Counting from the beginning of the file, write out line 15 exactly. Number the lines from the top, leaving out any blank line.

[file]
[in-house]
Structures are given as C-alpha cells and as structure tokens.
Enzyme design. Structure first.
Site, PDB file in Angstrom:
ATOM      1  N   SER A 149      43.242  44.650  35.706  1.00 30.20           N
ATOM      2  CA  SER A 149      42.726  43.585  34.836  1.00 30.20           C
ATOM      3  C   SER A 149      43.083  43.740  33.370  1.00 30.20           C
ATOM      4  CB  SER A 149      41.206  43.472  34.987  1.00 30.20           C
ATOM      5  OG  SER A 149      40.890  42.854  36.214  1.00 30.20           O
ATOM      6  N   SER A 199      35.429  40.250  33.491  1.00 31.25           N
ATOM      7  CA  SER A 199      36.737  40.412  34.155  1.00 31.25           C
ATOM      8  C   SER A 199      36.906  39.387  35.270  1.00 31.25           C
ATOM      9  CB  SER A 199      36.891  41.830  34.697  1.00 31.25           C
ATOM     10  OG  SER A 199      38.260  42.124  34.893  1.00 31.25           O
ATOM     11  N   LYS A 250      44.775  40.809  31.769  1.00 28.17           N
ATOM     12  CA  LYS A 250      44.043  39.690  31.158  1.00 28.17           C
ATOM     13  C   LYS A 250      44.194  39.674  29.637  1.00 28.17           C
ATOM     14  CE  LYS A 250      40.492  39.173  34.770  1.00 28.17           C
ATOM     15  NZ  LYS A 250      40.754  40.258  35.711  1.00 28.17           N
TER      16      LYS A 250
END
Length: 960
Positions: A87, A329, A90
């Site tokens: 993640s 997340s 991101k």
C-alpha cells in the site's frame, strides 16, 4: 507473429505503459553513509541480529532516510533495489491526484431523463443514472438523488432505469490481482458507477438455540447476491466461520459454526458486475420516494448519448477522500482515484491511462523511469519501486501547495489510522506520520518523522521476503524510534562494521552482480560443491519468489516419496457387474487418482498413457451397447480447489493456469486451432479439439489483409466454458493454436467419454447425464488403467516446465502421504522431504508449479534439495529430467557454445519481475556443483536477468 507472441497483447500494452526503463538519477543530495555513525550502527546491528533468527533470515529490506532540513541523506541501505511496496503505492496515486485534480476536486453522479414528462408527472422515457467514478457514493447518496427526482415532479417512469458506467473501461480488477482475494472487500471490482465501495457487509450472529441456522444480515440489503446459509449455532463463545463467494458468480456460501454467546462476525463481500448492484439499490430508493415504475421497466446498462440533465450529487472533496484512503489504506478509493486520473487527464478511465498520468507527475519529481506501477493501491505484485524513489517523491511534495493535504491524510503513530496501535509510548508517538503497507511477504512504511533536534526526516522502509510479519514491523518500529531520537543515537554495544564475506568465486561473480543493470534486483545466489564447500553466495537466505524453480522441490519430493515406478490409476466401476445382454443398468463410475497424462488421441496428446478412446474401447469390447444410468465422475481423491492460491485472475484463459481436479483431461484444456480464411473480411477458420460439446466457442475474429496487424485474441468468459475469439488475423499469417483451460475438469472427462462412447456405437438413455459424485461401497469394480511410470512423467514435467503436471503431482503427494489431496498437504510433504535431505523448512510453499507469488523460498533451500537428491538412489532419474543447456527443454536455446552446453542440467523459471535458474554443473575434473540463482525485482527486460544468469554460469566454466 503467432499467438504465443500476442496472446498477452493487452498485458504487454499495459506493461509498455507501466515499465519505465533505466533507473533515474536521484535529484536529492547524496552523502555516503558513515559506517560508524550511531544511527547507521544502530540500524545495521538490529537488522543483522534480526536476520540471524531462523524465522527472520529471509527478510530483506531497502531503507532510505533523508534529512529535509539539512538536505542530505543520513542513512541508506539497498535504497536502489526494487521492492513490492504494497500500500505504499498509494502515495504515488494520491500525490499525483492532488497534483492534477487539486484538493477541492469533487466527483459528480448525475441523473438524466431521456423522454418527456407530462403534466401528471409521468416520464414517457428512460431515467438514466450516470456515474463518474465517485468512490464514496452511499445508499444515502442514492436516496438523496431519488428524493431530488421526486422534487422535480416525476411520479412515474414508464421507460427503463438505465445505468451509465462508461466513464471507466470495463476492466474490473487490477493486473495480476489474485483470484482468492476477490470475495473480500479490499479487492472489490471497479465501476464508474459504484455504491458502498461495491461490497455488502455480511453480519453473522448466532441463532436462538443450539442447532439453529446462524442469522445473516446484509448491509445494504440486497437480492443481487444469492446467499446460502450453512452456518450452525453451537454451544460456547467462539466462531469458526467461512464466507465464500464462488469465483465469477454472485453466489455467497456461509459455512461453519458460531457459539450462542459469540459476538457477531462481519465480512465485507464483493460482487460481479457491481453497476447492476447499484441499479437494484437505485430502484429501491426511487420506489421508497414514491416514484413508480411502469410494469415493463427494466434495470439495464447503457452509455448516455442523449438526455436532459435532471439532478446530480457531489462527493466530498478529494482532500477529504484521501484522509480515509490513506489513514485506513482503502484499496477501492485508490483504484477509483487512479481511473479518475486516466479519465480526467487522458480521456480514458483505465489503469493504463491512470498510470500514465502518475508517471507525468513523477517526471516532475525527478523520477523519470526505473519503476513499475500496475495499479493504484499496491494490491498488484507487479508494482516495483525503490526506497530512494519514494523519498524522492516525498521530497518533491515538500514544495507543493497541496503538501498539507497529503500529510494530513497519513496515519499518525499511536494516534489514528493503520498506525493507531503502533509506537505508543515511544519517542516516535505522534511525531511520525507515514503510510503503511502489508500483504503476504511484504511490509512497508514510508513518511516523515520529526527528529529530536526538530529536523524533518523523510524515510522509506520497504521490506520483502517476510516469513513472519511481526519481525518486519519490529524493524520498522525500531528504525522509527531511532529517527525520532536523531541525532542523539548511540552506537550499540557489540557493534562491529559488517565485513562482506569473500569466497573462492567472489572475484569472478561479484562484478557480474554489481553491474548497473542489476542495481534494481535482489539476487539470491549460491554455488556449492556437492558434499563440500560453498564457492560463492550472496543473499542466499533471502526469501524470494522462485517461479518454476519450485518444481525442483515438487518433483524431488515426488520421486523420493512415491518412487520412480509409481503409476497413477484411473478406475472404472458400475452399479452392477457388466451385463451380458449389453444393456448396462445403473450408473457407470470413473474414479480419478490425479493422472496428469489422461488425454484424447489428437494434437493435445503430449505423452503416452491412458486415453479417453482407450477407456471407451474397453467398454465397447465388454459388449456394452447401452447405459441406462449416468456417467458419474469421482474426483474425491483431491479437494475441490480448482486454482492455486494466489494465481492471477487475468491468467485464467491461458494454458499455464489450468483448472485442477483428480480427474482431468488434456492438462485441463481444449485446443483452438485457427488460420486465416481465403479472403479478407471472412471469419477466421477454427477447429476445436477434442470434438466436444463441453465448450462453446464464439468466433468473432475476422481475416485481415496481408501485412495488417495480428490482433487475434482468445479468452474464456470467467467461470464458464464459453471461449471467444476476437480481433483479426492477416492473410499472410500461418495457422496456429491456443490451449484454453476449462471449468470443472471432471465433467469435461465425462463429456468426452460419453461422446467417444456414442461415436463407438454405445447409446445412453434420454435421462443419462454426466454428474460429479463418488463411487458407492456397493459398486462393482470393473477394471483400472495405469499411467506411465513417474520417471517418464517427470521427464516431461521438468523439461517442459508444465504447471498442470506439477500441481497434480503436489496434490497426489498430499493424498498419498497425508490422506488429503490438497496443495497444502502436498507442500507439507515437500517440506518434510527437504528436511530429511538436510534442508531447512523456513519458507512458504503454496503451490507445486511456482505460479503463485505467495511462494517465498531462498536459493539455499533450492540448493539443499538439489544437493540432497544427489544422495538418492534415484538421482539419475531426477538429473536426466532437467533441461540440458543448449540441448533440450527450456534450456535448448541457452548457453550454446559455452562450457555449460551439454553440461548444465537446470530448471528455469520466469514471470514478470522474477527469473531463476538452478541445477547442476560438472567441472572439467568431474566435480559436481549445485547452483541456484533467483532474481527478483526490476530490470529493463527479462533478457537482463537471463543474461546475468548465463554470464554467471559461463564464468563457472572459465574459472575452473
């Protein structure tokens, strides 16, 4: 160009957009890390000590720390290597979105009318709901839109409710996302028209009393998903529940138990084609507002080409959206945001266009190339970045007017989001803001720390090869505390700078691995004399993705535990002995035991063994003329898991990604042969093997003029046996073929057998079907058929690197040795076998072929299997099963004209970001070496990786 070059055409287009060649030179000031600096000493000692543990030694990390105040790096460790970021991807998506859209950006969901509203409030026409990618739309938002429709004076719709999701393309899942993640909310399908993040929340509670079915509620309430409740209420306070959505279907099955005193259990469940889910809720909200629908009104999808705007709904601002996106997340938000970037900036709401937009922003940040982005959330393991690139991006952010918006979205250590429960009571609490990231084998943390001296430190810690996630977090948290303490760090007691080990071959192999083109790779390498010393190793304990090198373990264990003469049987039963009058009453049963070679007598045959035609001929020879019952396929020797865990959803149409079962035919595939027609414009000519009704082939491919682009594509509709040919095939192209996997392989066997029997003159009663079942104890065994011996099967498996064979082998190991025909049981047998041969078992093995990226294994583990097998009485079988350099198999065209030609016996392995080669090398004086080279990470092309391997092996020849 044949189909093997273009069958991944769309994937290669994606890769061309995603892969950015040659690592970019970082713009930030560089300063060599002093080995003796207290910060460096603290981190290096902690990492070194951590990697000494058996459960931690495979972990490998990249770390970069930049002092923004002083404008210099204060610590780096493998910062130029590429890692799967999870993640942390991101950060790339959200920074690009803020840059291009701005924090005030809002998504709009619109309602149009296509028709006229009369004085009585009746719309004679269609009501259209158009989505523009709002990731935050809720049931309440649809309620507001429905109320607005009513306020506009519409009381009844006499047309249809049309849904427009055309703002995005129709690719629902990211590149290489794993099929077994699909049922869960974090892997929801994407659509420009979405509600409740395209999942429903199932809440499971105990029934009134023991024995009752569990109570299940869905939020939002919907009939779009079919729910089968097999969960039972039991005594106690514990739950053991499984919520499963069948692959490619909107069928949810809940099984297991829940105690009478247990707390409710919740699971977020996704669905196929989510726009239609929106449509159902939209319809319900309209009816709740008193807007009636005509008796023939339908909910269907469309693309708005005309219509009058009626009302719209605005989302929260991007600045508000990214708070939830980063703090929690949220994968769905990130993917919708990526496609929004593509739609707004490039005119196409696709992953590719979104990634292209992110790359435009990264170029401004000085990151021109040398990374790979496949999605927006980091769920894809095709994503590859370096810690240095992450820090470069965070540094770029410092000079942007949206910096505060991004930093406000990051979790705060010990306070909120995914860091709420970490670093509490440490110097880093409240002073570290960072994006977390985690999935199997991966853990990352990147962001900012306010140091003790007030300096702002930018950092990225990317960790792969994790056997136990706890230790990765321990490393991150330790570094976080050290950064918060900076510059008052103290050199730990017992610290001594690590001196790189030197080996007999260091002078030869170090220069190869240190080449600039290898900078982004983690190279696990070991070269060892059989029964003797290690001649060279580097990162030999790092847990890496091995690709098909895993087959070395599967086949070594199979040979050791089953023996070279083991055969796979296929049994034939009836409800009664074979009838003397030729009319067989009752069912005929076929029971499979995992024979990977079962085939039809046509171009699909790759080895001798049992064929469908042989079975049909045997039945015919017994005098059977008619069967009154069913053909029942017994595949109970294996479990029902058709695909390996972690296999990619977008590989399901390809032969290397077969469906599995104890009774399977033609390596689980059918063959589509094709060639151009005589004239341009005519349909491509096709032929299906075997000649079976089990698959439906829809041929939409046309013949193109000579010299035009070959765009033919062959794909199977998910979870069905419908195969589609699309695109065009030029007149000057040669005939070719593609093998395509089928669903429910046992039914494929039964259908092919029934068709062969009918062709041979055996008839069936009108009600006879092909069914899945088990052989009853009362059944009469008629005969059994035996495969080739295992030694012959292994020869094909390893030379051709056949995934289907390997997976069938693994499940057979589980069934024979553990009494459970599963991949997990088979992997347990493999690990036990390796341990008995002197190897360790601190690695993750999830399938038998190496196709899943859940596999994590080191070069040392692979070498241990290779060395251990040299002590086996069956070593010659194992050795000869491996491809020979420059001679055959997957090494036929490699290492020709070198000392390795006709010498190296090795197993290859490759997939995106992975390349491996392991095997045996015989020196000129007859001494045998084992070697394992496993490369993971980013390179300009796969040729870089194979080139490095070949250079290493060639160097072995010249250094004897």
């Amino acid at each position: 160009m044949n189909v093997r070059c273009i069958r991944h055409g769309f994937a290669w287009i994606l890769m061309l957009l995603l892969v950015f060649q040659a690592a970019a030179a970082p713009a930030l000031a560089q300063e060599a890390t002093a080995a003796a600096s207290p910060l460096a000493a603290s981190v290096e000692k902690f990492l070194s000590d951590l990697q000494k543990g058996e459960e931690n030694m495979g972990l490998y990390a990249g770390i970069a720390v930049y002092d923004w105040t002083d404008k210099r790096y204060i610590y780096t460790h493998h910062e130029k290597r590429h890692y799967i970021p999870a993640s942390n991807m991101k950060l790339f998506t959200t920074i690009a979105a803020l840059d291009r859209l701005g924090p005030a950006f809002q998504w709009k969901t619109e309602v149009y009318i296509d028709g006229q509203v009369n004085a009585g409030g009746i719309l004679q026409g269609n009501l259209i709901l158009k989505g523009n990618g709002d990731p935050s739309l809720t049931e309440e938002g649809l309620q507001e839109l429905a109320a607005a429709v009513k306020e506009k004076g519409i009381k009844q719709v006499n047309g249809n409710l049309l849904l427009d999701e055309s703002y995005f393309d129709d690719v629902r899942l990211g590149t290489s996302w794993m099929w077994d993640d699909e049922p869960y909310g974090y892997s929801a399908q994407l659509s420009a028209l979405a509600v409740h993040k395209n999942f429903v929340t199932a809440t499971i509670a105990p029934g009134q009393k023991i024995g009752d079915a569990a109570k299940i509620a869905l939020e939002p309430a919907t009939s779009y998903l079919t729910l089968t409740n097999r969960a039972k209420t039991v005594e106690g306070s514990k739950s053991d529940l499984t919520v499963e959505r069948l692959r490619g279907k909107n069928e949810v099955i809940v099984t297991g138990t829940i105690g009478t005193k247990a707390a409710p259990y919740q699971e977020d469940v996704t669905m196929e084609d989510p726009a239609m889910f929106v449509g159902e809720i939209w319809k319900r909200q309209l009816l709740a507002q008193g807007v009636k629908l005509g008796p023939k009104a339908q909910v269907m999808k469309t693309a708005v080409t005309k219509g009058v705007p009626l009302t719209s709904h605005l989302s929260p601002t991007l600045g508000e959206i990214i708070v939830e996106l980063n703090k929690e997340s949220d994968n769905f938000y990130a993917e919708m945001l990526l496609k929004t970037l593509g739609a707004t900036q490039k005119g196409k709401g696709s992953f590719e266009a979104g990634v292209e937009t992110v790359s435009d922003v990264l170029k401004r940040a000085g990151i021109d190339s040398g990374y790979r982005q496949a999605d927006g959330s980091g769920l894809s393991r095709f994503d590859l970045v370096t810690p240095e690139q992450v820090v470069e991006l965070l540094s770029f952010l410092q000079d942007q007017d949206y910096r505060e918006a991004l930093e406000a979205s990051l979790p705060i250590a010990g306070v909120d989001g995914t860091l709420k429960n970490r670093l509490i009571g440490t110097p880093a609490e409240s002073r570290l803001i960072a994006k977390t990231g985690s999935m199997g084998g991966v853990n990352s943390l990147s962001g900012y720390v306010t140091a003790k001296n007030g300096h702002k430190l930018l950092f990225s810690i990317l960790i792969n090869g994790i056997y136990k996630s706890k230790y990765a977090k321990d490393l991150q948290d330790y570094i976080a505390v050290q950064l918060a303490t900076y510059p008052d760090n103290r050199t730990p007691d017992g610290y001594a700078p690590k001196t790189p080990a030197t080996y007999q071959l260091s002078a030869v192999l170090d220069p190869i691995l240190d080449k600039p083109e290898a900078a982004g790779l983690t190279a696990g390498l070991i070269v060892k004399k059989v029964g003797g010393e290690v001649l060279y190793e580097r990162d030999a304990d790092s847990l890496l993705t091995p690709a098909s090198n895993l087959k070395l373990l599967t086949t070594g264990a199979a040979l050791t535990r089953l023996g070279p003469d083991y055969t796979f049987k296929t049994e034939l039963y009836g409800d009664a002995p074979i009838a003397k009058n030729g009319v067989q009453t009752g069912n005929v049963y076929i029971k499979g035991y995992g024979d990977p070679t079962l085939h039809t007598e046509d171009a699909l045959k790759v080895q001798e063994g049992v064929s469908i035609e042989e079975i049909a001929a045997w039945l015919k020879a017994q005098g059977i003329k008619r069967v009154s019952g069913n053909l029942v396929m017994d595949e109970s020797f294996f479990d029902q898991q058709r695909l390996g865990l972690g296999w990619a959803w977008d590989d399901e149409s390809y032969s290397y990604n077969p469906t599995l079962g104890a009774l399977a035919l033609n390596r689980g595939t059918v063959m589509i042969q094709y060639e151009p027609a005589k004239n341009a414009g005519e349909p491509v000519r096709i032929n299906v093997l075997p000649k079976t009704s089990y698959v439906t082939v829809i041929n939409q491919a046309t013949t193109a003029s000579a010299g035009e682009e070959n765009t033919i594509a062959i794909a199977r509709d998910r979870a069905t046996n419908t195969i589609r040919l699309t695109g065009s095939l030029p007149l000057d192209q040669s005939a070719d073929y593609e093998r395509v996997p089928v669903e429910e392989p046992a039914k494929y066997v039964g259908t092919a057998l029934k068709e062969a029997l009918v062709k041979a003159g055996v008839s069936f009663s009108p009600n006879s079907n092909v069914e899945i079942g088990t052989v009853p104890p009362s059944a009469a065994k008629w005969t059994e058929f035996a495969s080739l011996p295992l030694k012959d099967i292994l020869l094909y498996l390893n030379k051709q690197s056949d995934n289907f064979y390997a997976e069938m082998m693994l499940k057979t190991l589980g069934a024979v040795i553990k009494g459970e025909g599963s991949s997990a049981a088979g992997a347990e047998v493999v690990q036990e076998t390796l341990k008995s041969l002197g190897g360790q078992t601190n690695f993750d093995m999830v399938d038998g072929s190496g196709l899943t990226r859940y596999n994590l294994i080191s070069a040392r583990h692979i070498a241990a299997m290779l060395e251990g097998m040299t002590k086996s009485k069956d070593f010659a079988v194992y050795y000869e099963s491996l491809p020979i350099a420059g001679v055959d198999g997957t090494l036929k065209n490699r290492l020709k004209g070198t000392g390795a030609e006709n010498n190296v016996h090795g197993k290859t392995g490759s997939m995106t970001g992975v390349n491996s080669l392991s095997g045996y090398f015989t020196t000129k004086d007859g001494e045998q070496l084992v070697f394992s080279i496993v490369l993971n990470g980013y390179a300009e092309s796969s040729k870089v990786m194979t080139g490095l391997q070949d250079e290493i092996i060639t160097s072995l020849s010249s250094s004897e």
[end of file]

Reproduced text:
ATOM     11  N   LYS A 250      44.775  40.809  31.769  1.00 28.17           N